U.S. economy to slow in coming months, gauge shows

Associated Press • May 17, 2007 at 11:51 AM

NEW YORK - A gauge of future economic activity showed the U.S. economy will slow in coming months, reversing recent gains and suggesting higher gas prices and a sluggish construction industry are beginning to take their toll.

The Conference Board said Thursday its index of leading economic indicators dropped 0.5 percent, higher than the 0.1 decline analysts were expecting. The reading is designed to forecast economic activity over the next three to six months.

The increase almost reversed an amended 0.6 percent climb in March, which analysts say should relieve pressure on the Federal Reserve to raise interest rates.

"The data may be pointing to slower economic conditions this summer. With the industrial core of the economy already slow, and housing mired in a continued slump, there are some signs that these weaknesses may be beginning to soften both consumer spending and hiring this summer," said Ken Goldstein, labor economist for the Conference Board.

The reading tracks 10 economic indicators. Two of those readings were positive in April: stock prices and real money supply.

The negative contributors, beginning with the largest, were building permits, weekly unemployment claims, manufacturers' new orders for non-defense capital goods, consumer expectations, vendor performance, average weekly manufacturing hours and interest rate spread.

With the latest decline, the cumulative change in the index over the past six months has dropped 0.2 percent.

The slowdown should ease concerns that the Federal Reserve will raise interest rates, said Mark Zandi, chief economist at Moody's Economy.com. The interest rate standstill over the past nine months has driven the Dow Jones industrial average to record highs.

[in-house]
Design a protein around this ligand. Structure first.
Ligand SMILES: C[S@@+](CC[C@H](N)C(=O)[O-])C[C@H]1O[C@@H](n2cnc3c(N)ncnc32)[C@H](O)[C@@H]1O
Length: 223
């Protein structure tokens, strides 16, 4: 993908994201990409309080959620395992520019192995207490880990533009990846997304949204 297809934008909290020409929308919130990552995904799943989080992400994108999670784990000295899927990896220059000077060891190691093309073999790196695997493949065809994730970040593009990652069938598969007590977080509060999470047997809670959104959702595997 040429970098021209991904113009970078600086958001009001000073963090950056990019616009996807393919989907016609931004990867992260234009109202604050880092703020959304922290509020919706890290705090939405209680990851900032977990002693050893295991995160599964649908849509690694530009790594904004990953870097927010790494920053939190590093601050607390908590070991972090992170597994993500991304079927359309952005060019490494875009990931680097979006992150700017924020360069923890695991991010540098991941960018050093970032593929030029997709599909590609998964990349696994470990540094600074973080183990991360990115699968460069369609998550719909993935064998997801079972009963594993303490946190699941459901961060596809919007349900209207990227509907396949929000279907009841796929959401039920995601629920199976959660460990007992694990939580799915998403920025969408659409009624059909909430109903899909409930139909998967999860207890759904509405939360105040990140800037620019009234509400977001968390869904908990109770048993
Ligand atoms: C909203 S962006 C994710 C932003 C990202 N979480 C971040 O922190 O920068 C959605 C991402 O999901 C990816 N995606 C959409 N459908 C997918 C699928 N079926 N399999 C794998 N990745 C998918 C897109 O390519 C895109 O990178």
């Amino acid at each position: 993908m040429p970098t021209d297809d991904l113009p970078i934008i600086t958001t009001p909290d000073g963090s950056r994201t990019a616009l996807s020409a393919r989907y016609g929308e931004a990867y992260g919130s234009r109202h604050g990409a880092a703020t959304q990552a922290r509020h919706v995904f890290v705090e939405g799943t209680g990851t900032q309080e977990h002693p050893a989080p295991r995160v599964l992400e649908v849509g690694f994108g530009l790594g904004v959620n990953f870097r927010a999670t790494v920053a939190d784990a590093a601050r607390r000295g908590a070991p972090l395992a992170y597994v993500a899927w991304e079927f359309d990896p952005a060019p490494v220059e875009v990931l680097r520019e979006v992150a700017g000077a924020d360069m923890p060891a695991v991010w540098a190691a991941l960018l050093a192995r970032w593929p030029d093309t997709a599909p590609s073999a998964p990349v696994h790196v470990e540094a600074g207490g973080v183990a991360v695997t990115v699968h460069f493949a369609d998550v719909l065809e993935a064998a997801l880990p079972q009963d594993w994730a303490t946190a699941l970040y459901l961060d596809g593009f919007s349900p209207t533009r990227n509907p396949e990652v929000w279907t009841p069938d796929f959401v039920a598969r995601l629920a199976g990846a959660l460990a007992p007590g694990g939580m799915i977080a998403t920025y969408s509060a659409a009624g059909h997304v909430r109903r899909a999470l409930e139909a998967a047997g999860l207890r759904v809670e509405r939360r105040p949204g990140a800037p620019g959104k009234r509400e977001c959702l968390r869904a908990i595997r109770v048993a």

The Conference Board's report came amid a batch of mixed economic data, reflecting the ongoing uncertainty over the direction of the economy.

The job market showed surprising strength Thursday, with the Labor Department reporting a drop in jobless claims. The number of U.S. workers filing new claims for jobless benefits fell for a fifth straight week to the lowest level in four months.

"The job market is holding together better than any other part of the economy. Otherwise, we might be sliding into a recession," Zandi said. A better-than-expected picture of the industrial sector also bolstered investors' confidence this week, but mixed housing figures offered a more measured dose of optimism. Construction of new homes rose in April, but housing starts fell to their lowest level in 17 years. "If you add up the plethora of economic data, it shows expansion will continue but that it's soft," Zandi said. While the stock market should keep advancing as the economy keeps growing, analysts say data indicating otherwise could cause a tumble. Brian Bethune, an economist with Global Insight, said the Conference Board report indicates the "economy is pretty much hovering right now." Still, he said the positive contributors - stock prices and real money supply - may point toward a pickup in growth later in the year. "Stock prices in particular are anticipating what activity is going to be like in the future," Bethune said. Wall Street retreated modestly on Thursday, with the Dow falling 10.81, or 0.08 percent, to 13,476.72, after rising as high as 13,516.71. On Wednesday, the index reached its 23rd record close of the year. Broader indexes also declined. The Standard & Poor's 500 index lost 1.39, or 0.09 percent, to 1,512.75, and the Nasdaq composite index fell 8.04, or 0.32 percent, to 2,539.38. With the first-quarter earning season mostly over, Wall Street is turning to economic data this week to chart the direction of the economy in coming months. Investors on Friday focus on the University of Michigan's preliminary index on May consumer sentiment. They expect a reading of 86.5, the same as in April.

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